untranslated "the"  -- (MW) The untranslated word is the Greek definite article, which usually precedes a noun and, without a noun, takes the meaning of "the one." The Greek article is much closer to our demonstrative pronouns ("this", "that", "these", "those"). See this article for more. 

God, -- The word translated as "God" means "God" and "deity." It is introduced with an article, so "the God" or "the Divine." Jesus often uses it this way perhaps to indicate the one God as opposed to the pagan gods.  This is the way it appears in the Septuagint. The form is nominative, not vocative (calling God by names) as in Matthew.  In the original Hebrew of Psalm 22, the word is the simple "El," which means "God" or "Might one."

untranslated "you are" or "into"-- (MW) The untranslated word is either the verb "to be" in the form "you are," or it is the preposition "into." This is different than Matthew and the Septuagint that have a conjunction here that means "because" or "for."  The verbs "are" and "have" are not used as helping verbs in Greek as they are in English so this has nothing to do with the following verb. The preposition would have the meaning "into what."

why -- The word translated as "why" means "anyone", "someone," and "anything", but it plays the roles of the common question words in English: who, what, why, etc.

hast -- (WT) This helping verb "hath" indicates that the verb is the tense indicating an action competed in the past. This is not the tense of the verbs here.

thou -- This is from the second-person, plural form of the verb.

forsaken -- The Greek word translated as "have you forsaken" means to "leave behind" or "to abandon." The Hebrew word, "azab" or azavthani in Psalm 22, means "to leave", "to depart", "to abandon", "to foresake", "to let go," and "to free." The word "sabachthani" is both Aramaic and Mishnaic Hebrew, which was the spoken language at the time. In Hebrew, it would be azab’taniy.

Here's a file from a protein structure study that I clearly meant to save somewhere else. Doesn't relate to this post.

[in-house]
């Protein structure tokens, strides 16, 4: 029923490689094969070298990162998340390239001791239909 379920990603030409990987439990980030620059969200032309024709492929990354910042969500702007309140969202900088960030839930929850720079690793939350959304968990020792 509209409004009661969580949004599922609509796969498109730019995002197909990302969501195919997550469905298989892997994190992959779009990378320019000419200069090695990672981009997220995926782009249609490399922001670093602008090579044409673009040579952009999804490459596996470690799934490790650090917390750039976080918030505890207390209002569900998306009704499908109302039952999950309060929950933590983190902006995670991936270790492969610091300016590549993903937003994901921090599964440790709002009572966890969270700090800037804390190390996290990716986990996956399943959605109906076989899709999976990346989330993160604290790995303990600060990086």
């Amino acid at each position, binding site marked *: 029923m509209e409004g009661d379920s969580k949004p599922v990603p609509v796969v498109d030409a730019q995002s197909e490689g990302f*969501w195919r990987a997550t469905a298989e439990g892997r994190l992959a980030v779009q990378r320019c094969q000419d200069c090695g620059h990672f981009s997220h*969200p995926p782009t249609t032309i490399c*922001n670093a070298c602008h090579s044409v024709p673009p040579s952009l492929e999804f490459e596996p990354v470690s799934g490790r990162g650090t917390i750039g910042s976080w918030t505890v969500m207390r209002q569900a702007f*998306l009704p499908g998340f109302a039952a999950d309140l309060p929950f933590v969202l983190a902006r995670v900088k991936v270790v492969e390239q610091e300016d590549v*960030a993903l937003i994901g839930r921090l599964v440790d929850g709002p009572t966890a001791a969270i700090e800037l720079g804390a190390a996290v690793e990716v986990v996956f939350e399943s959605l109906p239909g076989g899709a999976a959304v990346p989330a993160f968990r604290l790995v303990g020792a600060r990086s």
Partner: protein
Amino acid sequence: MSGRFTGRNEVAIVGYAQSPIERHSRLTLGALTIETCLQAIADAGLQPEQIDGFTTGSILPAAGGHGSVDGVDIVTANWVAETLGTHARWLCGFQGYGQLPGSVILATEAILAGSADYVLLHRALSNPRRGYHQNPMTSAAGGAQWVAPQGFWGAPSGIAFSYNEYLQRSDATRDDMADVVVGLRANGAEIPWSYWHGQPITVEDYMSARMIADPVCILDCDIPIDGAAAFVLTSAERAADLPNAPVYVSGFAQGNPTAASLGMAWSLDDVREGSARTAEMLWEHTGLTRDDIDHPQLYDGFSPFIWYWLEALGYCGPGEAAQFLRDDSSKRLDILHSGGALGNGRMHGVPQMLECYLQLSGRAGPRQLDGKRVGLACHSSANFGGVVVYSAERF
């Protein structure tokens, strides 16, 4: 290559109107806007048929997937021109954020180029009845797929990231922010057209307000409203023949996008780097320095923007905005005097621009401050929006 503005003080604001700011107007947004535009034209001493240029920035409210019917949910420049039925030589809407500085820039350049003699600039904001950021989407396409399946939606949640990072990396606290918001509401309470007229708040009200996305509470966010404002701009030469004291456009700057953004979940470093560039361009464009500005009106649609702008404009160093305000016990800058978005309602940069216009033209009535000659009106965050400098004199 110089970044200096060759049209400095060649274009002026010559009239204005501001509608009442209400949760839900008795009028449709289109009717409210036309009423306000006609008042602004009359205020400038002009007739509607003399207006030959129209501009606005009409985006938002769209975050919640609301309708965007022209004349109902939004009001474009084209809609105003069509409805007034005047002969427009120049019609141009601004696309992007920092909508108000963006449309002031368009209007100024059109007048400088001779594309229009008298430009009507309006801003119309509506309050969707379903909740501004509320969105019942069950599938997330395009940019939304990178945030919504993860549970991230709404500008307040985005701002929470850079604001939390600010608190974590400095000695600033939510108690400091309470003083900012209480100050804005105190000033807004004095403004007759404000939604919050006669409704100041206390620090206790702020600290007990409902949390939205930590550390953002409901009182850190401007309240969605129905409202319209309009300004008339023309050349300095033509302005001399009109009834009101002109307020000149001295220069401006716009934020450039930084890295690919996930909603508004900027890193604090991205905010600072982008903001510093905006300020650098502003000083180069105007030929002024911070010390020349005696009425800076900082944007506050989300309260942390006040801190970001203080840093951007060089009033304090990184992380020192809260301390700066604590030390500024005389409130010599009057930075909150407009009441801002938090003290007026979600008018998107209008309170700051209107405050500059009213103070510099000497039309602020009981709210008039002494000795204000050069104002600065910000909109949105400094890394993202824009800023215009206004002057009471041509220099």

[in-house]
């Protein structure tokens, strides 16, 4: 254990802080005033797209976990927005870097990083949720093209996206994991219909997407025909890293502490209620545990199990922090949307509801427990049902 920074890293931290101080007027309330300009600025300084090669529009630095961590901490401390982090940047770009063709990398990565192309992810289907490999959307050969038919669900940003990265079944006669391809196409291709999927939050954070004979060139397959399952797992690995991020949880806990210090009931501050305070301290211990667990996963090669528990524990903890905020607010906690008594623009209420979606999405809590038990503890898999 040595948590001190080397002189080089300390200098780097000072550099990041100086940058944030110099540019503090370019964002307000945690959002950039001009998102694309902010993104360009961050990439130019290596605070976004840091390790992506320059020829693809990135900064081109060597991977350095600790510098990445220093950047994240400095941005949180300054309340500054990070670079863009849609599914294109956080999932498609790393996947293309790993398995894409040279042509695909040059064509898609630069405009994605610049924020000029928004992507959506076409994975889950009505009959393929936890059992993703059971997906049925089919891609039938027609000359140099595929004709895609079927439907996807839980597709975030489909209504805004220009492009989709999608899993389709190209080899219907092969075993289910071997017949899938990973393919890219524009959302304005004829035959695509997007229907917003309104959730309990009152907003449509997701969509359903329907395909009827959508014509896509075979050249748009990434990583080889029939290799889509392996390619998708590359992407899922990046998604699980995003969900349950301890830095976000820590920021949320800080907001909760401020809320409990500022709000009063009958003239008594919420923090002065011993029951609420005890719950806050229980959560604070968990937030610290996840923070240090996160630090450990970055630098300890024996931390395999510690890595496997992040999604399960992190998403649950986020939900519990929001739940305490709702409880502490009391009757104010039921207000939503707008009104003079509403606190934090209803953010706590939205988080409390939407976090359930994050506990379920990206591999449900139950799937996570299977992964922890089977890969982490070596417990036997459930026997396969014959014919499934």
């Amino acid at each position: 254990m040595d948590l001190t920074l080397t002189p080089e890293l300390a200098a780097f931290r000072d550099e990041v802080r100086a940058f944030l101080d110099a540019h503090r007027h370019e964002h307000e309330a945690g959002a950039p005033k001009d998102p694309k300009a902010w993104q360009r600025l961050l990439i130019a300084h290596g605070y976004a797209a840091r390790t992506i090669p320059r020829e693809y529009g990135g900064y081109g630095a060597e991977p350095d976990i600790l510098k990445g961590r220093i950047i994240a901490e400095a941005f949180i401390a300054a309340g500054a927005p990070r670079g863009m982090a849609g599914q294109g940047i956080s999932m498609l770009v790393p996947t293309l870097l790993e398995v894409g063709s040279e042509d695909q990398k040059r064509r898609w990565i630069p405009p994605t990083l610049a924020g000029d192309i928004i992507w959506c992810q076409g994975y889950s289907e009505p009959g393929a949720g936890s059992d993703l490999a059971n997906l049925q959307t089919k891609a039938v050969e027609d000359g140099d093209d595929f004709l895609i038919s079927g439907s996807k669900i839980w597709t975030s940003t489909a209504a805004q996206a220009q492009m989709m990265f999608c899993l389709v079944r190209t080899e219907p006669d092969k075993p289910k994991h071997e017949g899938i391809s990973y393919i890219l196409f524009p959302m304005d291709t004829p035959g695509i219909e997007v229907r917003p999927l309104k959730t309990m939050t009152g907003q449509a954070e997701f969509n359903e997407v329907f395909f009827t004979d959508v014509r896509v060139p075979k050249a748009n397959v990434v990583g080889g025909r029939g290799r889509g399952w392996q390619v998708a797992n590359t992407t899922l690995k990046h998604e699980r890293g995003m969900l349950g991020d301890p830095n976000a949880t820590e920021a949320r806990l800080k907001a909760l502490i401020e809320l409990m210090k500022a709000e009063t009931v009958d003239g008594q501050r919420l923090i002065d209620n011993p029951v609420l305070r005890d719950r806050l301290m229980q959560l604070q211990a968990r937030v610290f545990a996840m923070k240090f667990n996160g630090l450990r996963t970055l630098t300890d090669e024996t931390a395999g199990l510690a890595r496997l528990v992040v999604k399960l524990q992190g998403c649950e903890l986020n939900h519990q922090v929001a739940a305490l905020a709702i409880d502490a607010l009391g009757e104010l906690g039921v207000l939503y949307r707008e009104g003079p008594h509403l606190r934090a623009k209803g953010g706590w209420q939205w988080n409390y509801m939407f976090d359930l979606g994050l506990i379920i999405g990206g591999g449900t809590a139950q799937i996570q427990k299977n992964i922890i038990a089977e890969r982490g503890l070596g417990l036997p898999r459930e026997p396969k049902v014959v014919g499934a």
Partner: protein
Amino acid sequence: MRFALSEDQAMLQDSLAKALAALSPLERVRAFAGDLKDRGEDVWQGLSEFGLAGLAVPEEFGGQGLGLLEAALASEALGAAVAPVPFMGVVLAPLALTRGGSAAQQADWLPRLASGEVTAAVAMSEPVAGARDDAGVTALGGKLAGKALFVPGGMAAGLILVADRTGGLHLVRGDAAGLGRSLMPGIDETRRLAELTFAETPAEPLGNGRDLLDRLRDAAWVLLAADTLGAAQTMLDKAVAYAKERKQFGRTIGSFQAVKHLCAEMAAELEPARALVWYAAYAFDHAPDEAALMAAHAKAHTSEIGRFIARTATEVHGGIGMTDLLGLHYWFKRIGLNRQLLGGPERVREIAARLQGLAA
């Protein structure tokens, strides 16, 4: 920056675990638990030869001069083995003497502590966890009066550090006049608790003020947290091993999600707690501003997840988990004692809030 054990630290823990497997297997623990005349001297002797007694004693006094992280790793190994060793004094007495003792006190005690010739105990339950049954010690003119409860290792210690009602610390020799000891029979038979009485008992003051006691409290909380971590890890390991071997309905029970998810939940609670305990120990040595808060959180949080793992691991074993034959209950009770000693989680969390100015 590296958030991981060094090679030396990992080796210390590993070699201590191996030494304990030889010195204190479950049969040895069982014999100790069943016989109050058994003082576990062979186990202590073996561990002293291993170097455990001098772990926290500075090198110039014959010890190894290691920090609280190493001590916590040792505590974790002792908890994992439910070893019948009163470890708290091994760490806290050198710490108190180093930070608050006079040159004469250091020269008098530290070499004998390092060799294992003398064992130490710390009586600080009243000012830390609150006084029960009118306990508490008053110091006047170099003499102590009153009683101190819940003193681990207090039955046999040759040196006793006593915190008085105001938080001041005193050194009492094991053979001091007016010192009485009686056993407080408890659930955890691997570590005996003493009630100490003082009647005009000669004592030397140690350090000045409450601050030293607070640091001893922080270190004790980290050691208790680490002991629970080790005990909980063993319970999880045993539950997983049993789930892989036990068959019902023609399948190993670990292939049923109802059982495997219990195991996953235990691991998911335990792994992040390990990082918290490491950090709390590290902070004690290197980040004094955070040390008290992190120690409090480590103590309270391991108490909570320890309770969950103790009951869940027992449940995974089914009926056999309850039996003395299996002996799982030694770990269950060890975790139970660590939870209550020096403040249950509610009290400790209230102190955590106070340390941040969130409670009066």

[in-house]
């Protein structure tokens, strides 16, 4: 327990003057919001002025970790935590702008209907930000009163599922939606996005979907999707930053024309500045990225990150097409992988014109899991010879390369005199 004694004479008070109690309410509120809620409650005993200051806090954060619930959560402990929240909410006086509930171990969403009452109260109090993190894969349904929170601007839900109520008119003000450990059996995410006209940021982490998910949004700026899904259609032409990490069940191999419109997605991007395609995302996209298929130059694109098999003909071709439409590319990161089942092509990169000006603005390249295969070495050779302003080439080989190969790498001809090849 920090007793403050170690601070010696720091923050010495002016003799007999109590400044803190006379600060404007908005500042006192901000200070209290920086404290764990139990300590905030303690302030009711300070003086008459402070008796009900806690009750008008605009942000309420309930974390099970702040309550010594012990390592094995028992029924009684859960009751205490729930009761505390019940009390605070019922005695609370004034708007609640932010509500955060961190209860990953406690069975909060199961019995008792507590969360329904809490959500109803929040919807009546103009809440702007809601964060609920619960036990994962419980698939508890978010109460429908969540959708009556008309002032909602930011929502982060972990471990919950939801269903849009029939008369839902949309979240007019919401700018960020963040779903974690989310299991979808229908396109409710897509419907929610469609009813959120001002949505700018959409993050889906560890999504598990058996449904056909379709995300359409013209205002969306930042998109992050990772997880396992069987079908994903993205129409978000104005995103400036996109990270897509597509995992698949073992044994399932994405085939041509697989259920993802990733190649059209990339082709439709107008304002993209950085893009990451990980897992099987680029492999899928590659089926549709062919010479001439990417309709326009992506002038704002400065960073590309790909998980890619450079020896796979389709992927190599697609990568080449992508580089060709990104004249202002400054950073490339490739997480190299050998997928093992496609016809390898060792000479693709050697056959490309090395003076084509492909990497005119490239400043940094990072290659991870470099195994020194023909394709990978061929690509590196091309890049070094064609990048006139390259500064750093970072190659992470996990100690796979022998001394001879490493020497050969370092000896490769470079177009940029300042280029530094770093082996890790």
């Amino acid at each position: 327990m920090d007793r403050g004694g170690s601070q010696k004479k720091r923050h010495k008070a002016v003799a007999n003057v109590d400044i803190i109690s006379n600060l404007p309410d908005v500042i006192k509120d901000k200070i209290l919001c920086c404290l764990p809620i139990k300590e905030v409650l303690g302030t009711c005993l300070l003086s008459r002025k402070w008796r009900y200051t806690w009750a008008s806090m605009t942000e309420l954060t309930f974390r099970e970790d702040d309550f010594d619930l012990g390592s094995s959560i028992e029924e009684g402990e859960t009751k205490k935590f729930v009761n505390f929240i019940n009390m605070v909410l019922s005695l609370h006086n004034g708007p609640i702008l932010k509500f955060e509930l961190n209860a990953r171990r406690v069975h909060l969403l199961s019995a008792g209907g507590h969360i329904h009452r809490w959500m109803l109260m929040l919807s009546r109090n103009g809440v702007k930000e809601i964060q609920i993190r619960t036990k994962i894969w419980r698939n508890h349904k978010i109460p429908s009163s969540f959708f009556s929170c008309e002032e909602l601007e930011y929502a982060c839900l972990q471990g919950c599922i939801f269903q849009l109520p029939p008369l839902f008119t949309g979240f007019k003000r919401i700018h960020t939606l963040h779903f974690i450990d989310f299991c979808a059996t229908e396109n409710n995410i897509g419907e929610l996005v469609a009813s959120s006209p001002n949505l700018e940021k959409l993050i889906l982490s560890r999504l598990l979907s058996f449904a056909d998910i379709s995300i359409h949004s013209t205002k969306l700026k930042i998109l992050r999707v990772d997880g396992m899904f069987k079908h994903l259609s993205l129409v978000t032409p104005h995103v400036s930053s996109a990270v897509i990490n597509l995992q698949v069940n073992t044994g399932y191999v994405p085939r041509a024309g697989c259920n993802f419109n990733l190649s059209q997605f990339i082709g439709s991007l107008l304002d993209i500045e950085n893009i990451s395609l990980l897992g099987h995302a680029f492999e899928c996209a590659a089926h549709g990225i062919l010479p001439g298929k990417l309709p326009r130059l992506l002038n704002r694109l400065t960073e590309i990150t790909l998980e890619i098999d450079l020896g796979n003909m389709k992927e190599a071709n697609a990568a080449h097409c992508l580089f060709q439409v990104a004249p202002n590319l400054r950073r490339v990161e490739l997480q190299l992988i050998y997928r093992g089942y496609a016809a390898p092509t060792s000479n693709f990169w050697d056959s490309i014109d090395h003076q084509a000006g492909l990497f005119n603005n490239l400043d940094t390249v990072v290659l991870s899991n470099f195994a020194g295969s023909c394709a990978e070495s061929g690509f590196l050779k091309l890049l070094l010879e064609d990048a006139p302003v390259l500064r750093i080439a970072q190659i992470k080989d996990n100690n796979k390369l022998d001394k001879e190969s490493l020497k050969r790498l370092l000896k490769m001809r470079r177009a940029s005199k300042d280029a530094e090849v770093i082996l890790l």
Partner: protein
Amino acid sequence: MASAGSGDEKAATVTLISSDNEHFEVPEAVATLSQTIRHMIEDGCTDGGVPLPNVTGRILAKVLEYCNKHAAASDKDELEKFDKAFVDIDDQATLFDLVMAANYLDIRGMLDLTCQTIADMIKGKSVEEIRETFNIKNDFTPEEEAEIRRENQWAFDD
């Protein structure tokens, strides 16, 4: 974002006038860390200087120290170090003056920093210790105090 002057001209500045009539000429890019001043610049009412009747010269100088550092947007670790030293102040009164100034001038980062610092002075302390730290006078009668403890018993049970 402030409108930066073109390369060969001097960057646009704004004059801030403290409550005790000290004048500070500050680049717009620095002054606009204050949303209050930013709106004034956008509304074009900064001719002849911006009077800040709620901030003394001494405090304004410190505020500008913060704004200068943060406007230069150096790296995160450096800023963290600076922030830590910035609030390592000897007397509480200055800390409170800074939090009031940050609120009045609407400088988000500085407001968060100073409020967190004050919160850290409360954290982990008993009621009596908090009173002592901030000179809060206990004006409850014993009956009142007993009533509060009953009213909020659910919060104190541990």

me? "Me" is the regular first-person pronoun in Greek.

KJV Translation Issues: 

1
  • MW - Missing Word -- The word "the" is not shown in the English translation.
  • MW - Missing Word -- The word "the" is not shown in the English translation.
  • MW - Missing Word -- The word "you are" or "into" is not shown in the English translation.
  • WT - Wrong Tense - The verb "hath" seems to indicate an action completed in the past, but the tense is something happening at a point in time past, present, or future.

NIV Analysis: 

Eloi, Eloi, lama sabachthani? we are only analyzing the Greek here.

My -- "My" is from the regular first-person pronoun in Greek in the form of a genitive. Since it appears after the noun so "of me."

untranslated "the"  -- (MW) The untranslated word is the Greek definite article, which usually precedes a noun and, without a noun, takes the meaning of "the one." The Greek article is much closer to our demonstrative pronouns ("this", "that", "these", "those"). See this article for more. 

God, -- The word translated as "God" means "God" and "deity." It is introduced with an article, so "the God" or "the Divine." Jesus often uses it this way perhaps to indicate the one God as opposed to the pagan gods.

my -- "My" is from the regular first-person pronoun in Greek in the form of a genitive. Since it appears after the noun so "of me."

untranslated "the"  -- (MW) The untranslated word is the Greek definite article, which usually precedes a noun and, without a noun, takes the meaning of "the one." The Greek article is much closer to our demonstrative pronouns ("this", "that", "these", "those"). See this article for more. 

God, -- The word translated as "God" means "God" and "deity." It is introduced with an article, so "the God" or "the Divine." Jesus often uses it this way perhaps to indicate the one God as opposed to the pagan gods.  This is the way it appears in the Septuagint. The form is nominative, not vocative (calling God by names) as in Matthew.  In the original Hebrew of Psalm 22, the word is the simple "El," which means "God" or "Might one."

untranslated "you are" or "into"-- (MW) The untranslated word is either the verb "to be" in the form "you are," or it is the preposition "into." This is different than Matthew and the Septuagint that have a conjunction here that means "because" or "for."  The verbs "are" and "have" are not used as helping verbs in Greek as they are in English so this has nothing to do with the following verb. The preposition would have the meaning "into what."